A VILLAGE WOMAN TELLS HER SECRETS
Misima examines the universal experience of what happens when our lives escape our control, and how we can rediscover our resilience.
This is the first ever documentary film about the indigenous people of Misima Island, located off the mainland of Papua New Guinea. The island has a long tradition of egalitarianism, where both men and women cooperate to grow their gardens, families, and villages. When a Canadian company, Placer Dome, Inc., built a massive gold mining operation on their island, it brought significant cultural and economic changes to the island. Men suddenly had access to employment and large sums of cash, which gave them new and unchecked power over their women, homes, and villages.
The company strip-mined significant portions of the island, leaving behind a culture infected by outside attitudes regarding money, packaged and sugary foods, alcohol, sex, and elitism. Misima follows the story of one of these women who lost her husband, her marriage, and her home to the mine. The film spans a year and a half of her journey into uncharted territory as a single mother and a clan leader. She bravely fights for the recognition of her land rights, struggles to maintain her mountain garden, and seeks to recover her daughter from her ex-husband’s relatives.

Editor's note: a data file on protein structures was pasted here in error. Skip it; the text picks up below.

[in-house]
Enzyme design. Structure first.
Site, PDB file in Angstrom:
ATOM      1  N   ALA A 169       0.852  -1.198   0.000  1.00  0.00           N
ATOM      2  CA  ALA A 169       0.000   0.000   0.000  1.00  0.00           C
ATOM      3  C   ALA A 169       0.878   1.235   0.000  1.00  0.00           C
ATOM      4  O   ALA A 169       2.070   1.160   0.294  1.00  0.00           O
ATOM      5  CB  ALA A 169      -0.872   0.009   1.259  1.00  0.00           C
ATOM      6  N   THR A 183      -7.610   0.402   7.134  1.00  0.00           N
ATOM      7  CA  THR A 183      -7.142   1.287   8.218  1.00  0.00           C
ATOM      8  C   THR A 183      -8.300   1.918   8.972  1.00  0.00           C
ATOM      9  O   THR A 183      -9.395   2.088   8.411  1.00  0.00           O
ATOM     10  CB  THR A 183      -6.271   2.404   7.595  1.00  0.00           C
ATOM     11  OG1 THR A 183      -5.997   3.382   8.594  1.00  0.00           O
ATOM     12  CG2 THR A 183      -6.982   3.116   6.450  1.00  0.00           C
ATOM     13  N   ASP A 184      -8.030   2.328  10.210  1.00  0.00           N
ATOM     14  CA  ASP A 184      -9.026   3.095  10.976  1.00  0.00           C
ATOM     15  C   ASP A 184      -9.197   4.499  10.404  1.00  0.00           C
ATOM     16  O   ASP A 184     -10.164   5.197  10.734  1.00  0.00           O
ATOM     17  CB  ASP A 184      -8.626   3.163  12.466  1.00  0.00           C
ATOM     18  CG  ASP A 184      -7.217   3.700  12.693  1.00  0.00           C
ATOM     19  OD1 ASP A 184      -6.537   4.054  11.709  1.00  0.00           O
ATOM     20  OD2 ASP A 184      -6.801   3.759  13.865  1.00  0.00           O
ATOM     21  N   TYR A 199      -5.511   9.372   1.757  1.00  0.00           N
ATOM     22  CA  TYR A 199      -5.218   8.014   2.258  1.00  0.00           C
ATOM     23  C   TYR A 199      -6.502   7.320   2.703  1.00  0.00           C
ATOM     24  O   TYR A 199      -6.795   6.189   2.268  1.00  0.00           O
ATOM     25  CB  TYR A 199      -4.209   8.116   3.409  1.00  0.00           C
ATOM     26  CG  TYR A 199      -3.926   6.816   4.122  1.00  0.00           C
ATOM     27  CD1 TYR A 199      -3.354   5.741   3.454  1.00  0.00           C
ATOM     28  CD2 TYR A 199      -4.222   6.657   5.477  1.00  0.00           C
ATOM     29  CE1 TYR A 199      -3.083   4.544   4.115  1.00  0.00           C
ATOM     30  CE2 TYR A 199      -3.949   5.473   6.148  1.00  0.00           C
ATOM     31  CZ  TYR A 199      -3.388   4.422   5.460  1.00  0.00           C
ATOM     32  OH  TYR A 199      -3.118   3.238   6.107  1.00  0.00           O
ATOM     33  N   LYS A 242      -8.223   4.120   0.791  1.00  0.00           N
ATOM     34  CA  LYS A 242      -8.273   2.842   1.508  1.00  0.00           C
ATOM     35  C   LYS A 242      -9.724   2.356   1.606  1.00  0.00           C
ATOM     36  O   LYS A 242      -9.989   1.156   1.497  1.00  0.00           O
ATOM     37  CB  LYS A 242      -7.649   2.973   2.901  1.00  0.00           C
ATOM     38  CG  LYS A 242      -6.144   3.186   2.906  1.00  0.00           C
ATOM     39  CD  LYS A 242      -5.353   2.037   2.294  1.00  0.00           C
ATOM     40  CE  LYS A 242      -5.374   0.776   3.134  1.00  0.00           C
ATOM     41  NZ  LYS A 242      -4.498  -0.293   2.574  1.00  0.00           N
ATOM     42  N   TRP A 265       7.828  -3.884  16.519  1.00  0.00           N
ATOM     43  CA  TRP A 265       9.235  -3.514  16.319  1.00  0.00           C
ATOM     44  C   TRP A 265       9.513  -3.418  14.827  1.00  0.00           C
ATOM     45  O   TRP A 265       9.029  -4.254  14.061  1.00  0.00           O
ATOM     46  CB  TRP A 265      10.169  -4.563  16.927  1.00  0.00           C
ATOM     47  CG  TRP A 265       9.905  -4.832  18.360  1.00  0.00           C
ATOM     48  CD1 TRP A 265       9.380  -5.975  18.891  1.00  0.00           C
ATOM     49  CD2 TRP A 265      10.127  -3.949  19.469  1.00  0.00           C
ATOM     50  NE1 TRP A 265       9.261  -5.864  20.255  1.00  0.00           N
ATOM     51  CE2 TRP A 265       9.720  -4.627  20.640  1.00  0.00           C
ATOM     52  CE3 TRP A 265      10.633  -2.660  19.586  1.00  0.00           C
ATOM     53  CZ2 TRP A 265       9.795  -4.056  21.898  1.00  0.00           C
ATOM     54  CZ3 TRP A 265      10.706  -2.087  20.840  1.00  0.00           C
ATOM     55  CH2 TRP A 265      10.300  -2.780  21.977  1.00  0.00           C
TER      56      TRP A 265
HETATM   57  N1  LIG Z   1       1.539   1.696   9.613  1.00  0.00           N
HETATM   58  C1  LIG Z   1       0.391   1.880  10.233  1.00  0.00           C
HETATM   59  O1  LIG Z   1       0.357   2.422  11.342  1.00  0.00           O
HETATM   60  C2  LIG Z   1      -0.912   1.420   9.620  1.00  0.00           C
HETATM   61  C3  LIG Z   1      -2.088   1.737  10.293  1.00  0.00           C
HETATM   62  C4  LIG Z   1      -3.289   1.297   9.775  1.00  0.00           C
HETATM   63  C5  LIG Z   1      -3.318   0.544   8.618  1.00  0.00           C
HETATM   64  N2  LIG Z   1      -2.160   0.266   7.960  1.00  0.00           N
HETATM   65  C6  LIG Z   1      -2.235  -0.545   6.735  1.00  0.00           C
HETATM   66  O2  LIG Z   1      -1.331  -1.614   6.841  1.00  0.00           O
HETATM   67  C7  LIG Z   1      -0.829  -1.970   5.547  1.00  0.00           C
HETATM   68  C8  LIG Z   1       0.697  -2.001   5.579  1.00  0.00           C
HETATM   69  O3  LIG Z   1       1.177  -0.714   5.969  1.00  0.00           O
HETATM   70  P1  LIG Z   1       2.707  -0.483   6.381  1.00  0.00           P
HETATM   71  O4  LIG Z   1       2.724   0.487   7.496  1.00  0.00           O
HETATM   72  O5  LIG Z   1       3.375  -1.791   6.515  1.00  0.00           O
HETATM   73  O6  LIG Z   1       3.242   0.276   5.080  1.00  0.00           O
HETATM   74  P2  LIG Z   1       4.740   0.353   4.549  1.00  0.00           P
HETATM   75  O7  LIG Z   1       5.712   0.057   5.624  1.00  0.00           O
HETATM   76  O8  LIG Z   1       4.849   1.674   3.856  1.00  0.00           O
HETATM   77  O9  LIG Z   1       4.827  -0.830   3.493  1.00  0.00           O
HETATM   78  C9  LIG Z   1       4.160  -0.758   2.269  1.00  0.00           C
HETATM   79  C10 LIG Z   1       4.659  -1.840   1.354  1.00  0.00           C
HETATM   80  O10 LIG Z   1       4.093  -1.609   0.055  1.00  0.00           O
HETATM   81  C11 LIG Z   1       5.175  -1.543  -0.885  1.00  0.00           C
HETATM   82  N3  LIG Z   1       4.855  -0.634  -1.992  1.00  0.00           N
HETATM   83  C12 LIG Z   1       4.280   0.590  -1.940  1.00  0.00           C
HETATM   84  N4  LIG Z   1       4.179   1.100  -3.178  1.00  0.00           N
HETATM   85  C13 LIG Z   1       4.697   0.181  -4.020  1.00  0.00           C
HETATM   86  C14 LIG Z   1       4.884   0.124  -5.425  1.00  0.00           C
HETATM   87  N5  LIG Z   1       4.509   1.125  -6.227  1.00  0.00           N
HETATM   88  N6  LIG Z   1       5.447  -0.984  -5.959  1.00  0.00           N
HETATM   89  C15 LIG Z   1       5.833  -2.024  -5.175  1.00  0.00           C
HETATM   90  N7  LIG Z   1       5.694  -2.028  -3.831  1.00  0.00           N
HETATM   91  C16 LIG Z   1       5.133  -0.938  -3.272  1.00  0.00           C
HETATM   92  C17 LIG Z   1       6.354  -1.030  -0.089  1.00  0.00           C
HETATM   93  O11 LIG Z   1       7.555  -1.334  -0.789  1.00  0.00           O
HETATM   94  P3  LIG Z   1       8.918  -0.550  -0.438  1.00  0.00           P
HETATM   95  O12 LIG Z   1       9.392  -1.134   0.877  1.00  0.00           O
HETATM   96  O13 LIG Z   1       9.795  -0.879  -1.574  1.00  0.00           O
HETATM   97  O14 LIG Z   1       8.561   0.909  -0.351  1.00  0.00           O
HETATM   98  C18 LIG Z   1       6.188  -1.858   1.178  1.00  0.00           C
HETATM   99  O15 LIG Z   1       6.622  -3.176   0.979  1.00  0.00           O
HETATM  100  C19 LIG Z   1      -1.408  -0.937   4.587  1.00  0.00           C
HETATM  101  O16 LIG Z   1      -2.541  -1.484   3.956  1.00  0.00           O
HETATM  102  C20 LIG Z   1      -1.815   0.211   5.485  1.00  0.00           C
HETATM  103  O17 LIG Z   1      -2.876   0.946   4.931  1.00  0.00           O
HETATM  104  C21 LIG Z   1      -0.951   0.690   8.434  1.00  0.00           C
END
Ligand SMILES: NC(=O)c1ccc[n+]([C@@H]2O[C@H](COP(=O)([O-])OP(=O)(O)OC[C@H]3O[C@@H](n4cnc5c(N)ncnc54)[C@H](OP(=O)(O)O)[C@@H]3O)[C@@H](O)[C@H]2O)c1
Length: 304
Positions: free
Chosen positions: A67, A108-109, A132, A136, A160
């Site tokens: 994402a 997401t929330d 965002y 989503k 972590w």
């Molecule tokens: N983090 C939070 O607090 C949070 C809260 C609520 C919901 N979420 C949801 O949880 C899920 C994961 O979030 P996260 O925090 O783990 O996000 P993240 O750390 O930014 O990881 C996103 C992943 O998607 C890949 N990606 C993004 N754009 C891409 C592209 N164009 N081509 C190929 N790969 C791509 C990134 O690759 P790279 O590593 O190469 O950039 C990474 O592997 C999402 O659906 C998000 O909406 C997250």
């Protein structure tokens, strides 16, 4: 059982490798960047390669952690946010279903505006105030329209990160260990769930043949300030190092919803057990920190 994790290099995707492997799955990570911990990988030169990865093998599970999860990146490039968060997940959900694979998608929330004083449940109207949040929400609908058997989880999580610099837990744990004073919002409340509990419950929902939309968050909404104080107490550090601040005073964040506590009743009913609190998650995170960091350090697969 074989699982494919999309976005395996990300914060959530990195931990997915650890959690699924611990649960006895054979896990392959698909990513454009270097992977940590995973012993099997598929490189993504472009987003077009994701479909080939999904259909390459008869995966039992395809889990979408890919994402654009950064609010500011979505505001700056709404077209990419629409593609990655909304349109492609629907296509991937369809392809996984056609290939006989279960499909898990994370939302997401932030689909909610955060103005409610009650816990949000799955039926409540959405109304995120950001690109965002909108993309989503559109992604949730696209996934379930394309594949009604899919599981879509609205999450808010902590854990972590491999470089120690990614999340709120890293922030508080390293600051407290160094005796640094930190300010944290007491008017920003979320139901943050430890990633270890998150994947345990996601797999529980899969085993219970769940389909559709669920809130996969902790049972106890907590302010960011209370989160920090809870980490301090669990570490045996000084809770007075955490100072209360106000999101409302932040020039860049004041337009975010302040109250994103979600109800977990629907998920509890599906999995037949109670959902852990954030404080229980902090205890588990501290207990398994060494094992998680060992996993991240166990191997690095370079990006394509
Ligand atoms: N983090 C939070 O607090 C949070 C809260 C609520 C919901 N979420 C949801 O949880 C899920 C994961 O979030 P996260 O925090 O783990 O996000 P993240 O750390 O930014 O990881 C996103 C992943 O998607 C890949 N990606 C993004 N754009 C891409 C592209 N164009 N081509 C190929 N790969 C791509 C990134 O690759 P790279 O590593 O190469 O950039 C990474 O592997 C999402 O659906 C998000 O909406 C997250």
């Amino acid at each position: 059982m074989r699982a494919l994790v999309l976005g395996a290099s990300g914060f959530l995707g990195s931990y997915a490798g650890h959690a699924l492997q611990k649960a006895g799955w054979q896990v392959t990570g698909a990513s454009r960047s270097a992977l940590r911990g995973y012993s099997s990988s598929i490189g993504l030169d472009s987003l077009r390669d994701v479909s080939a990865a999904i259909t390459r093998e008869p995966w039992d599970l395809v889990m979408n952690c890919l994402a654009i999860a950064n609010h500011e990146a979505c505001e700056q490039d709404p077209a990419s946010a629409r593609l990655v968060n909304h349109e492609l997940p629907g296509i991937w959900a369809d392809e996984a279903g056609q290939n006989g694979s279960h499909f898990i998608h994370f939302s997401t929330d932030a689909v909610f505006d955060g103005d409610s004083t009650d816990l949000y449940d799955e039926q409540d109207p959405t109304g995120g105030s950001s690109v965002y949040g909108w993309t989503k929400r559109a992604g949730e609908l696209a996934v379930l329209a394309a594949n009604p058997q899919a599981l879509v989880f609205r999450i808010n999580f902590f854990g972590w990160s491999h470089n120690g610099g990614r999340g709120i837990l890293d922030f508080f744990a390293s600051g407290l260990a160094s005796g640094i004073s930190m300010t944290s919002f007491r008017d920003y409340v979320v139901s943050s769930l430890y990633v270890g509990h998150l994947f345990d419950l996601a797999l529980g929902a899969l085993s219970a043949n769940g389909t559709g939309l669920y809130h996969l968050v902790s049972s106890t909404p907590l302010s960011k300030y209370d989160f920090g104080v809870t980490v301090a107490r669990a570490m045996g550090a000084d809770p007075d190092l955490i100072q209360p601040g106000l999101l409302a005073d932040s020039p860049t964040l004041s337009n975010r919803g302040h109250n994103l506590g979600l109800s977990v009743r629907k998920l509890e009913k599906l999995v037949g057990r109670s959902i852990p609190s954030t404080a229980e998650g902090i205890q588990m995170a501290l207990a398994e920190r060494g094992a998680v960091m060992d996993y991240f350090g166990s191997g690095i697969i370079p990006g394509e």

Her world was turned upside down by a massive mining operation and the corrosive effects of Westernization, and yet her resilience will inspire audiences across the globe. One village woman attempting to regain control over her destiny, reflects a central aspect of what it means for all of us to live in the modern world.